Lords Reform 1911-2011

The 1911 Parliament Act, introduced in the wake of the rejection by the House of Lords of Lloyd George’s People’s Budget and the two general elections of 1910, was the first successful reform of the powers of the upper house and gave constitutional supremacy to the elected House of Commons. Now, one hundred years after […]

The Great Reform Act of 1832: its legacy and influence on the Coalition’s reform agenda

Soon after becoming Deputy Prime Minister, Nick Clegg promised “the most significant programmes of reform by a British government since the 19th century…. the biggest shake-up of our democracy since 1832.” But how do the Coalition governments constitutional changes actually compare to the changes brought in by the Great Reform Bill of 1832? Dr Philip […]

Election 2010 in historical perspective

The 2010 election must rank as one of the strangest in the history of the Liberal Democrats or its predecessor parties. Britains first-ever television debates saw the party catapulted into the front rank of news coverage. Yet after successive opinion polls regularly showed the Lib Dems in at least second place, the result was a […]

Thomas Paine and the radical liberal tradition

To coincide with the publication of the special issue of the Journal of Liberal History on Liberalism and the Left (summer 2010), we are delighted to welcome Prof Edward Royle and Dr Edward Vallance to the History Group for an evening focusing on the life, works and influence of Thomas Paine. In the two centuries […]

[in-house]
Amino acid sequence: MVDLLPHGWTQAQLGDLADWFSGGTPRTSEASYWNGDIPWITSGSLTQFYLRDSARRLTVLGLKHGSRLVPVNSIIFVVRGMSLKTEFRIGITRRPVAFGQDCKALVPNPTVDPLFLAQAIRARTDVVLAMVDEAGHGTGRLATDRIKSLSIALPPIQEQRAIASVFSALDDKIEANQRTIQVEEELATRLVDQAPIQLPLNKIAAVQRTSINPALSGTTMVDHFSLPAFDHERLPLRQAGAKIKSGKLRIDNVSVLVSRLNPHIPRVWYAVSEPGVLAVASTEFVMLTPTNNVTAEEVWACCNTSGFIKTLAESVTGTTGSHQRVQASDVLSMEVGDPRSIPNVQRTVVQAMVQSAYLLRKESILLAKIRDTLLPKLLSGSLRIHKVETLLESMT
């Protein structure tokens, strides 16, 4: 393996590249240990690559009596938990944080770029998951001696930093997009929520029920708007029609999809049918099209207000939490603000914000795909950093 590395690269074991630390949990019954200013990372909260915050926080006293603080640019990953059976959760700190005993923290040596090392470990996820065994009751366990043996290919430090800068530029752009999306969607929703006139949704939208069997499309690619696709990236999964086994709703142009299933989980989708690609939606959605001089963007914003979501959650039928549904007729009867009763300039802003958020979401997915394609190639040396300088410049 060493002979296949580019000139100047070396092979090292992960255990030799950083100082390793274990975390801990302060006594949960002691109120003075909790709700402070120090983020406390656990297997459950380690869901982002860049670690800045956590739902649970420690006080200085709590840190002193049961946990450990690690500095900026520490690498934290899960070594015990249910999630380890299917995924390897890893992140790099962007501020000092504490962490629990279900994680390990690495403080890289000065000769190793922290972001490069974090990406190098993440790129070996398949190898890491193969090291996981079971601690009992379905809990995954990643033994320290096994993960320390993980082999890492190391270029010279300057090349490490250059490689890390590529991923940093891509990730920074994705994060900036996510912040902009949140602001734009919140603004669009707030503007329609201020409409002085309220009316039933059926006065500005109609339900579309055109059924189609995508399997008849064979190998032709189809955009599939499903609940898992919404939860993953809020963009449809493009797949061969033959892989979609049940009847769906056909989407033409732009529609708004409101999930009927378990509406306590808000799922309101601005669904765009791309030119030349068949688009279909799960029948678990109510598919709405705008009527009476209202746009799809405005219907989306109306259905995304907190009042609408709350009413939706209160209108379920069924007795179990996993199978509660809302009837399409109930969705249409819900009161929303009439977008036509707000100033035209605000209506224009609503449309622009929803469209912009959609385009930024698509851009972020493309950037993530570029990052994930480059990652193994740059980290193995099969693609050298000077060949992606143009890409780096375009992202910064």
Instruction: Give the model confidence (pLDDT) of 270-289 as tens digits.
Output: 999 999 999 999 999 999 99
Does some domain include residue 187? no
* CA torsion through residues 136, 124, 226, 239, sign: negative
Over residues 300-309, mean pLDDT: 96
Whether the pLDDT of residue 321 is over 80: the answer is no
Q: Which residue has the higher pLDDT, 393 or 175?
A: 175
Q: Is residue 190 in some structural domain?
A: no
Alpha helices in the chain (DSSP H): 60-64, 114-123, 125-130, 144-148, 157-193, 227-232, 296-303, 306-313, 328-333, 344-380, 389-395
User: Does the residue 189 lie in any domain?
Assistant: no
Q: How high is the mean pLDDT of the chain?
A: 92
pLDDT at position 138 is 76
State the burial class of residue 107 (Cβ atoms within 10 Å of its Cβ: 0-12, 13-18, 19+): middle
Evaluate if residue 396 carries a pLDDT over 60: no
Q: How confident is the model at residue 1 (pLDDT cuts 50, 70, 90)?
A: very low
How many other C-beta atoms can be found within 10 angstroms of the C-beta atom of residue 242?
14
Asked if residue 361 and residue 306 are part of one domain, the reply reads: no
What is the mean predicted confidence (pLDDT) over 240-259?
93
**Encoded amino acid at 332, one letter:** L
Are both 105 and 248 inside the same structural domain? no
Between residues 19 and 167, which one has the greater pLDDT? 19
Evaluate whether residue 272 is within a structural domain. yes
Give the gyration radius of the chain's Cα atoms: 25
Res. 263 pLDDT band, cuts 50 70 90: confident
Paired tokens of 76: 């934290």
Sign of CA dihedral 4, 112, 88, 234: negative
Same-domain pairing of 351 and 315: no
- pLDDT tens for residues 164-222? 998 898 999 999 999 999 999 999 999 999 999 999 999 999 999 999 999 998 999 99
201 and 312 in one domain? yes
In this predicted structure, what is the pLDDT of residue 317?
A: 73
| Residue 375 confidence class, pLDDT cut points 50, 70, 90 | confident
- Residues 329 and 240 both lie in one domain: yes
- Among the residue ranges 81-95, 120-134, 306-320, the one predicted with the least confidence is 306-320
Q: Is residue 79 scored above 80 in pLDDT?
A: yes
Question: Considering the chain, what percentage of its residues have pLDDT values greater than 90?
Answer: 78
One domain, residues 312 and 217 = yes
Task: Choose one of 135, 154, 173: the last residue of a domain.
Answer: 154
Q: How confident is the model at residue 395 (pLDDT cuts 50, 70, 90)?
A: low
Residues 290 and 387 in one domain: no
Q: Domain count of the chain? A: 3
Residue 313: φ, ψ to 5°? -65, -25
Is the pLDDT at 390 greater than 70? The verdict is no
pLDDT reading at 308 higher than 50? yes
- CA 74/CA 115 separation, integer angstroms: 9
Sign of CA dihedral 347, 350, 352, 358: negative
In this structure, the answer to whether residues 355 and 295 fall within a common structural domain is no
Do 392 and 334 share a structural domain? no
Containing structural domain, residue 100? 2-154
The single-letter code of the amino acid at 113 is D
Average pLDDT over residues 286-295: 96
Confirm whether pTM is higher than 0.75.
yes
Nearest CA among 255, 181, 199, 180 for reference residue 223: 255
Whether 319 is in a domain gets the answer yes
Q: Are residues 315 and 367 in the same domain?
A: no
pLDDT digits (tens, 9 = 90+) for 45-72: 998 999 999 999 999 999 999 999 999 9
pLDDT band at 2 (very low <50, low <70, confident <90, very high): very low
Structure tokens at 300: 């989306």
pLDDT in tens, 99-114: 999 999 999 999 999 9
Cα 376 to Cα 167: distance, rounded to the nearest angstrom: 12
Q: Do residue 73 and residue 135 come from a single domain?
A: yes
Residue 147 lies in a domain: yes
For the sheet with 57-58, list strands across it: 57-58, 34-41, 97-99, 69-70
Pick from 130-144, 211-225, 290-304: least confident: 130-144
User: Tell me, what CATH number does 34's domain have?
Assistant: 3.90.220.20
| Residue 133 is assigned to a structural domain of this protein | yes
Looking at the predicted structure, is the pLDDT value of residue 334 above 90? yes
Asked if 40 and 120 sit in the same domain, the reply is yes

Red Guard versus Old Guard? The influence of the Young Liberal movement on the Liberal Party in the 1960s and 1970s a witness seminar

In the 1960s and early 1970s the press coined the phrase the “Red Guard” to describe the radical politics of the youth wing of the Liberal Party. At the 1966 Party Conference in Brighton, the Red Guard sponsored an anti-NATO resolution. Over the next decade the YLs were active on a number of foreign policy […]

What’s left of Gladstonian Liberalism in the Liberal Democrats?

Since the publication of The Orange Book: Reclaiming Liberalism edited by David Laws and Paul Marshall in 2004, there has been an ongoing discussion in the Liberal Democrats about whether the party needs to return to the nineteenth-century Gladstonian inheritance of non-interventionism in economic and social affairs, self-help and an emphasis on personal and political […]

A celebration and exploration of aspects of the life, career and thought of John Stuart Mill

In 1859, the philosopher and leading liberal theorist of Victorian Britain, John Stuart Mill, published his most important and enduring work On Liberty. In this essay Mill set out the principle, still acknowledged as universal and valid today, that only the threat of harm to others could justify interfering with anyones liberty of action. The […]

A delicate balance

The long-term decline in popularity of Labour and the Conservatives, and the growth in the number of third-party MPs at Westminster including mostly notably those of the Liberal Democrats means that a Parliament with no single-party overall majority is now arithmetically much more likely. Any third party holding the balance of power in Parliament finds […]

The strange birth of Liberal England

One hundred and fifty years ago, on the 6 June 1859, at Willis Rooms in St James, Westminster, Radical, Peelite and Whig Members of Parliament met to formalise their Parliamentary coalition to oust the Conservative government and finally brought about the formation of the Liberal Party. To commemorate the compact made at Willis Rooms in […]